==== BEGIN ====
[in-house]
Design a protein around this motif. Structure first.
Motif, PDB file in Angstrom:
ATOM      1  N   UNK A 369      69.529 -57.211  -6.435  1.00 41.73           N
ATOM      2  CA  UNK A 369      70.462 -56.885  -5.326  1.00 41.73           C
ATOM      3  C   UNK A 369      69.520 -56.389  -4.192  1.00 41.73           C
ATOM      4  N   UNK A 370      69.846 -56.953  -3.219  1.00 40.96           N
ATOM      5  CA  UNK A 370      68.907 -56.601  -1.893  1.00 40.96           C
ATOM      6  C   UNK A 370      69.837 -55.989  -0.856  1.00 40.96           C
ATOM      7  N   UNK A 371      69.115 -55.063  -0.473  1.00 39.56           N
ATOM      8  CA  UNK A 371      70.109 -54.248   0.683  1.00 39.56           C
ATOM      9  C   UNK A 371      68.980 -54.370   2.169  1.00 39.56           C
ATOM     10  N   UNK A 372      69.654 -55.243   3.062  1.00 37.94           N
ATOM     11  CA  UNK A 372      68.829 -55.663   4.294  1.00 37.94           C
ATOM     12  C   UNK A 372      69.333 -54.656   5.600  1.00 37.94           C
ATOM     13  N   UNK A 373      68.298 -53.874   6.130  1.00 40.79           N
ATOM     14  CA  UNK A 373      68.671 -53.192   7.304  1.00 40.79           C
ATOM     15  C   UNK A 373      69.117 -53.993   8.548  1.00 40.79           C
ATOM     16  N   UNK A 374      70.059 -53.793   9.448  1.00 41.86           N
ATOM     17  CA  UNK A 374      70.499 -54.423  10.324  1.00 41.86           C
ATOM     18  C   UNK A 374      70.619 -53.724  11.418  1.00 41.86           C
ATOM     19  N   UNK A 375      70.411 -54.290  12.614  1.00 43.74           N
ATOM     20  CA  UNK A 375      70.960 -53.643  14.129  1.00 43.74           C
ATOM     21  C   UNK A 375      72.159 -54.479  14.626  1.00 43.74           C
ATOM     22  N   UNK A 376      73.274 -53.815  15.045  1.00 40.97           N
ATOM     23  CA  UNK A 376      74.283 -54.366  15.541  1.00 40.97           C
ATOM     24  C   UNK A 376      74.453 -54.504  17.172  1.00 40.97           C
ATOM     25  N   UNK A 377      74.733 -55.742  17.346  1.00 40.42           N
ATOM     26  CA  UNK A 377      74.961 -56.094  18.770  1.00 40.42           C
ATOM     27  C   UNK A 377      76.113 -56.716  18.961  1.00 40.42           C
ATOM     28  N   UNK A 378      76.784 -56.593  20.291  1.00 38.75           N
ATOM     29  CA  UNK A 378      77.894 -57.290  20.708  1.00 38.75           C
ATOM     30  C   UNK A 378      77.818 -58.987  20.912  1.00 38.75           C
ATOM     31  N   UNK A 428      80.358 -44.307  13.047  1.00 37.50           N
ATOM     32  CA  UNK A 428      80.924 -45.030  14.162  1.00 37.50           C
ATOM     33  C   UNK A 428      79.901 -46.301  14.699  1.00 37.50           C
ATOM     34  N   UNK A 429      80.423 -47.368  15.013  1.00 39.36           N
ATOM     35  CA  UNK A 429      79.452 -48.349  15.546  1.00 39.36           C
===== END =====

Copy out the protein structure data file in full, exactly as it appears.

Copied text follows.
[in-house]
Design a protein around this motif. Structure first.
Motif, PDB file in Angstrom:
ATOM      1  N   UNK A 369      69.529 -57.211  -6.435  1.00 41.73           N
ATOM      2  CA  UNK A 369      70.462 -56.885  -5.326  1.00 41.73           C
ATOM      3  C   UNK A 369      69.520 -56.389  -4.192  1.00 41.73           C
ATOM      4  N   UNK A 370      69.846 -56.953  -3.219  1.00 40.96           N
ATOM      5  CA  UNK A 370      68.907 -56.601  -1.893  1.00 40.96           C
ATOM      6  C   UNK A 370      69.837 -55.989  -0.856  1.00 40.96           C
ATOM      7  N   UNK A 371      69.115 -55.063  -0.473  1.00 39.56           N
ATOM      8  CA  UNK A 371      70.109 -54.248   0.683  1.00 39.56           C
ATOM      9  C   UNK A 371      68.980 -54.370   2.169  1.00 39.56           C
ATOM     10  N   UNK A 372      69.654 -55.243   3.062  1.00 37.94           N
ATOM     11  CA  UNK A 372      68.829 -55.663   4.294  1.00 37.94           C
ATOM     12  C   UNK A 372      69.333 -54.656   5.600  1.00 37.94           C
ATOM     13  N   UNK A 373      68.298 -53.874   6.130  1.00 40.79           N
ATOM     14  CA  UNK A 373      68.671 -53.192   7.304  1.00 40.79           C
ATOM     15  C   UNK A 373      69.117 -53.993   8.548  1.00 40.79           C
ATOM     16  N   UNK A 374      70.059 -53.793   9.448  1.00 41.86           N
ATOM     17  CA  UNK A 374      70.499 -54.423  10.324  1.00 41.86           C
ATOM     18  C   UNK A 374      70.619 -53.724  11.418  1.00 41.86           C
ATOM     19  N   UNK A 375      70.411 -54.290  12.614  1.00 43.74           N
ATOM     20  CA  UNK A 375      70.960 -53.643  14.129  1.00 43.74           C
ATOM     21  C   UNK A 375      72.159 -54.479  14.626  1.00 43.74           C
ATOM     22  N   UNK A 376      73.274 -53.815  15.045  1.00 40.97           N
ATOM     23  CA  UNK A 376      74.283 -54.366  15.541  1.00 40.97           C
ATOM     24  C   UNK A 376      74.453 -54.504  17.172  1.00 40.97           C
ATOM     25  N   UNK A 377      74.733 -55.742  17.346  1.00 40.42           N
ATOM     26  CA  UNK A 377      74.961 -56.094  18.770  1.00 40.42           C
ATOM     27  C   UNK A 377      76.113 -56.716  18.961  1.00 40.42           C
ATOM     28  N   UNK A 378      76.784 -56.593  20.291  1.00 38.75           N
ATOM     29  CA  UNK A 378      77.894 -57.290  20.708  1.00 38.75           C
ATOM     30  C   UNK A 378      77.818 -58.987  20.912  1.00 38.75           C
ATOM     31  N   UNK A 428      80.358 -44.307  13.047  1.00 37.50           N
ATOM     32  CA  UNK A 428      80.924 -45.030  14.162  1.00 37.50           C
ATOM     33  C   UNK A 428      79.901 -46.301  14.699  1.00 37.50           C
ATOM     34  N   UNK A 429      80.423 -47.368  15.013  1.00 39.36           N
ATOM     35  CA  UNK A 429      79.452 -48.349  15.546  1.00 39.36           C